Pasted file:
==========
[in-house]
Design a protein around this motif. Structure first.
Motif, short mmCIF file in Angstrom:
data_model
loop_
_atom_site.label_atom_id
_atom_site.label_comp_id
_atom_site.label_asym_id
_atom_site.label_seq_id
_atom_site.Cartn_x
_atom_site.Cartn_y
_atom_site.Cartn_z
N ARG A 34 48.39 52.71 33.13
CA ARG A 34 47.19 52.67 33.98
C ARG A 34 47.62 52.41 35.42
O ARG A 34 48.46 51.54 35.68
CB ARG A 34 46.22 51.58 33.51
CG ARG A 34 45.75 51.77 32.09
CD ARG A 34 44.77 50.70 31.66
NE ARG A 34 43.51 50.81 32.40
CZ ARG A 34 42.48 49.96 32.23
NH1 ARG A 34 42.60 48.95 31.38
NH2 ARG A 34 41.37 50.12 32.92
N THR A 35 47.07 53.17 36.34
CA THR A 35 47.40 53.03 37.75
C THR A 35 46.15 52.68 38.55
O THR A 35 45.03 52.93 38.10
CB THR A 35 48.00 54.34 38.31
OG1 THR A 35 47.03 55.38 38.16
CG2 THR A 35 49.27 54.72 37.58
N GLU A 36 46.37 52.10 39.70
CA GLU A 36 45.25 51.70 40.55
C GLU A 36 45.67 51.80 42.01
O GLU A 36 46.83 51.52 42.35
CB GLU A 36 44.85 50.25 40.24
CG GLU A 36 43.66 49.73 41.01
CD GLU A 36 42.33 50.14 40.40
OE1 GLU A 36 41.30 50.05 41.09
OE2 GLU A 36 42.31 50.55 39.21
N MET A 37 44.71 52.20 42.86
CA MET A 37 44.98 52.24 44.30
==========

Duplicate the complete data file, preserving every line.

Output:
[in-house]
Design a protein around this motif. Structure first.
Motif, short mmCIF file in Angstrom:
data_model
loop_
_atom_site.label_atom_id
_atom_site.label_comp_id
_atom_site.label_asym_id
_atom_site.label_seq_id
_atom_site.Cartn_x
_atom_site.Cartn_y
_atom_site.Cartn_z
N ARG A 34 48.39 52.71 33.13
CA ARG A 34 47.19 52.67 33.98
C ARG A 34 47.62 52.41 35.42
O ARG A 34 48.46 51.54 35.68
CB ARG A 34 46.22 51.58 33.51
CG ARG A 34 45.75 51.77 32.09
CD ARG A 34 44.77 50.70 31.66
NE ARG A 34 43.51 50.81 32.40
CZ ARG A 34 42.48 49.96 32.23
NH1 ARG A 34 42.60 48.95 31.38
NH2 ARG A 34 41.37 50.12 32.92
N THR A 35 47.07 53.17 36.34
CA THR A 35 47.40 53.03 37.75
C THR A 35 46.15 52.68 38.55
O THR A 35 45.03 52.93 38.10
CB THR A 35 48.00 54.34 38.31
OG1 THR A 35 47.03 55.38 38.16
CG2 THR A 35 49.27 54.72 37.58
N GLU A 36 46.37 52.10 39.70
CA GLU A 36 45.25 51.70 40.55
C GLU A 36 45.67 51.80 42.01
O GLU A 36 46.83 51.52 42.35
CB GLU A 36 44.85 50.25 40.24
CG GLU A 36 43.66 49.73 41.01
CD GLU A 36 42.33 50.14 40.40
OE1 GLU A 36 41.30 50.05 41.09
OE2 GLU A 36 42.31 50.55 39.21
N MET A 37 44.71 52.20 42.86
CA MET A 37 44.98 52.24 44.30